This month Elevate Brands bought its 20th Amazon seller, and it’s targeting a stable of 100 brands selling on the marketplace by the end of next year. It will soon open a European office in London as it looks to expand beyond its home market in the US – and predicts it will turn over $150m this year. It’s a fast pace of growth for a business that started life as an Amazon seller as recently as 2016.
Elevate Brands is one of a number of new brand aggregators now turning marketplace selling into big business, super-fuelled by the way Covid-19 restricted face-to-face retailing over the last year. Elevate estimates there are now more than 40 different seller aggregators, most of which didn’t exist six months ago, the collective recipients of nearly $3bn in funding since 2019.
The sector has thrived in the disruption thrown up by the pandemic, says Elevate Brands co-founder and chief Ryan Gnesin, a former commodities trader. Covid-19 restrictions meant that shoppers discovered the benefits of buying online rather than in shops and, he says, that represents a shift online that is now here to stay.
Online, says Gnesin, “is just a far better shopping experience”. He adds: “The question was how do you change consumer behaviour where people have their entire lives been buying in-store and you want to shift them to buying online – and the pandemic did that for us. And now those people have experienced the benefits of online shopping I believe that behaviour is here to stay for the vast majority of people.”
The online shift has, in turn, kickstarted the Amazon aggregator business model.
Gnesin says: “The pandemic was one of the critical factors that ignited the whole industry. It also brought a spotlight not just to the industry but to our business model, as investors have started to pay attention to our business model of acquiring businesses.” He adds: “There used to be a feeling that it was very difficult to build a real established brand on Amazon. Now people are realising it is possible to build very substantial brands on Amazon.”
Elevate Brands, based in New York and Austin, Texas, was founded as a branded clothing reseller towards the end of 2016 and three years later, in 2019, bought its first brand – a beauty brand with $80,000 in earnings before interest, tax and one off costs (EBITDA) beauty brand. Since then it has expanded quickly on the back of investment, taking its stable of brands, with the twentieth bought this month. Elevate does not give details of the individual brands, but the company says that it has expanded out of its initial beauty and clothing niche, buying sellers in a wide variety of categories.
That expansion is driven by investors moving into the market. This year alone Elevate Brands says it has raised $67.5m from fintech and ecommerce investors, and is now looking to buy brands with annual EBITDA (earnings before interest, tax and one-off costs) of at least $0.5m – and preferably more than $1m. Its focus is currently on the US, but from the third quarter of this year it expects to start buying UK brands from its new London office. Elevate expects to turn over more than $150m by the end of this year.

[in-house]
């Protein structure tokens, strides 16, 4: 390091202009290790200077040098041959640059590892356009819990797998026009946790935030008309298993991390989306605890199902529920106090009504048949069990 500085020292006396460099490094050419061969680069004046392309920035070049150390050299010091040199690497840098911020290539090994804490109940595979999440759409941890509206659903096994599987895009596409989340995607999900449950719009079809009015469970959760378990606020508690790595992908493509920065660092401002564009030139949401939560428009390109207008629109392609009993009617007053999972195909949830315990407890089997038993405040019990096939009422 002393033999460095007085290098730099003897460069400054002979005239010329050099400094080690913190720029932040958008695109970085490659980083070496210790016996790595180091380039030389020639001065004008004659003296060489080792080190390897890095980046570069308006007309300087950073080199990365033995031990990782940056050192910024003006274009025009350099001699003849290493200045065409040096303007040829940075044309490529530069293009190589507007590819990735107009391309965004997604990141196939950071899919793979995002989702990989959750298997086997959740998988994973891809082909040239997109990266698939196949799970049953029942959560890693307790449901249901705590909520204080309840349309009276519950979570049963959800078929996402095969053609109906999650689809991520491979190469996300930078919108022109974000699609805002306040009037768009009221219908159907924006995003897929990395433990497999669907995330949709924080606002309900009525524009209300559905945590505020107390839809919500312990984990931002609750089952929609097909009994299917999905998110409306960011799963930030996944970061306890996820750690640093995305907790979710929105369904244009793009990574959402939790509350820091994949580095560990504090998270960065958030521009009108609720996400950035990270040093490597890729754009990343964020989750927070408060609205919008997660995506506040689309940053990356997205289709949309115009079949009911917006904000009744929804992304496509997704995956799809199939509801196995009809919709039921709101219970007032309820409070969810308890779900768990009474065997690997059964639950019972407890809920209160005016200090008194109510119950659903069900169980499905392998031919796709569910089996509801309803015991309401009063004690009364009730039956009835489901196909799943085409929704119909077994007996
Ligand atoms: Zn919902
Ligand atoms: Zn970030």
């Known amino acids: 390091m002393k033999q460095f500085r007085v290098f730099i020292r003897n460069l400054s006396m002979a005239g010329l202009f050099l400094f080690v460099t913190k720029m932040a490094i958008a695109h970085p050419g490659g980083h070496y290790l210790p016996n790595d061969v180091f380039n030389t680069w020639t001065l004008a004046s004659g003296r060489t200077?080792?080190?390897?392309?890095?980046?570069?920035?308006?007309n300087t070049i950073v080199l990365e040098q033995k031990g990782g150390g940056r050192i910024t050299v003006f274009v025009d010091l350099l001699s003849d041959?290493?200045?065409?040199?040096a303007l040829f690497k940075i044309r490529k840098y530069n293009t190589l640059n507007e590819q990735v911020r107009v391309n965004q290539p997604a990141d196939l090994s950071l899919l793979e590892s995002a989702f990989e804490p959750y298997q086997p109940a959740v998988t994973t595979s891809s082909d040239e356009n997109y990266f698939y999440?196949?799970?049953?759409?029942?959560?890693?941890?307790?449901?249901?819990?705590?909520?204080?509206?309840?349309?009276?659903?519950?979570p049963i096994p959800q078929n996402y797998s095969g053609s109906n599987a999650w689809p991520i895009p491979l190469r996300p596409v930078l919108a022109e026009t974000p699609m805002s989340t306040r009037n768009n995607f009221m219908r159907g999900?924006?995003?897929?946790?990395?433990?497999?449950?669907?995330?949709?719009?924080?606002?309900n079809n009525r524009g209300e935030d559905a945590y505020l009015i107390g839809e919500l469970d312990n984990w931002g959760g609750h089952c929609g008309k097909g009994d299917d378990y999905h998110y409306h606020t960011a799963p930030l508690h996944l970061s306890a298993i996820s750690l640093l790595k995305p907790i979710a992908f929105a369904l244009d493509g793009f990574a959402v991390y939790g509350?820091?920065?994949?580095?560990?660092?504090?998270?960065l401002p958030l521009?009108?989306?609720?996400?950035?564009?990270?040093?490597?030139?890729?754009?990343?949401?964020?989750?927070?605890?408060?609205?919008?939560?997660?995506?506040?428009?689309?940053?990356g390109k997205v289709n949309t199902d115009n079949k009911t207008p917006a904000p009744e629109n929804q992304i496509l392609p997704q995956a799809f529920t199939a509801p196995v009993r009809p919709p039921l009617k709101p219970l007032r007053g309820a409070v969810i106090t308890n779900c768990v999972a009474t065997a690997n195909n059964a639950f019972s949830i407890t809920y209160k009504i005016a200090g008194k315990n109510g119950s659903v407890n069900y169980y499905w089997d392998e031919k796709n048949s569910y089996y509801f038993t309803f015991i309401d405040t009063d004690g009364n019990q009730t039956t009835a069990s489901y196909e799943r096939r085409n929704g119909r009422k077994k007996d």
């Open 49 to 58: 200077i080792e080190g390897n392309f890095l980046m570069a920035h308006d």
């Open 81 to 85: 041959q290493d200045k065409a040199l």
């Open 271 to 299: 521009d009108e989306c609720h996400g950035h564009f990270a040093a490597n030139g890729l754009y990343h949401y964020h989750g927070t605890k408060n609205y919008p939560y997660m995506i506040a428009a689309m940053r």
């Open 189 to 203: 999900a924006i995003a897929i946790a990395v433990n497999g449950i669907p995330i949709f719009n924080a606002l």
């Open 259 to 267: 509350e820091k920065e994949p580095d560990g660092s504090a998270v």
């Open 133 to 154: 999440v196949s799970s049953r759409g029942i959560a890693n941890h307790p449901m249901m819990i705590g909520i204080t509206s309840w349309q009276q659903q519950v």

This appetite has come as shoppers, especially in the US market, have been converted to online shopping – and in particular to buying on Amazon, where, says Gnesin, 70% of people now start their product searches. “If you’re not on Amazon you’re probably missing a large chunk of revenue and a large chunk of the market,” he says. “It’s a great place for big and small brands in my view. The ecosystem is growing. Ecommerce penetration is growing from 16% to 27% of retail now [in the US] – in my view over the next decade that figure is likely to continue growing. You want to be where the customers are and today the customers are on Amazon.”
The pace of change is fast. Elevate is buying an average of three or four new brands a month. It reports post-acquistion growth of nearly 100% and has itself grown its operations and marketing team by more than 200% since January. This represents a degree of consolidation within what Gnesin describes as the “massive landscape” of Amazon, which he says was a market worth $300bn last year. But, says Gnesin: “If you were to count all the brands acquired by aggregators it’s maybe a few hundred brands. Yes, the aggregation will continue but the number of standalone brands and sellers is also increasing – there are hundred of thousands new sellers joining the platform every year.”
He adds: “There have been a plethora of Amazon Marketplace sellers looking to exit in the last three months, a significant step up from last year. As Amazon FBA sellers ourselves, we can truly relate with these business owners and ensure an efficient and pleasant acquisition process. We have a strong playbook for growing these brands post-acquisition and this bridge funding will enable us to maintain our momentum.”
Long-term Gnesin is certain that marketplaces in general and Amazon in particular will continue to dominate ecommerce. “Marketplaces overall will continue to dominate ecommerce,” he says. “The reason for that is the formula is based on customer acquisition cost and lifetime value, and the lifetime value of a customer on a marketplace tends to be much higher than on a standalone store. As a result the marketplace can outspend on advertising in order to acquire their customer. Therefore we think marketplaces will continue to dominate and Amazon is the mother of all marketplaces.”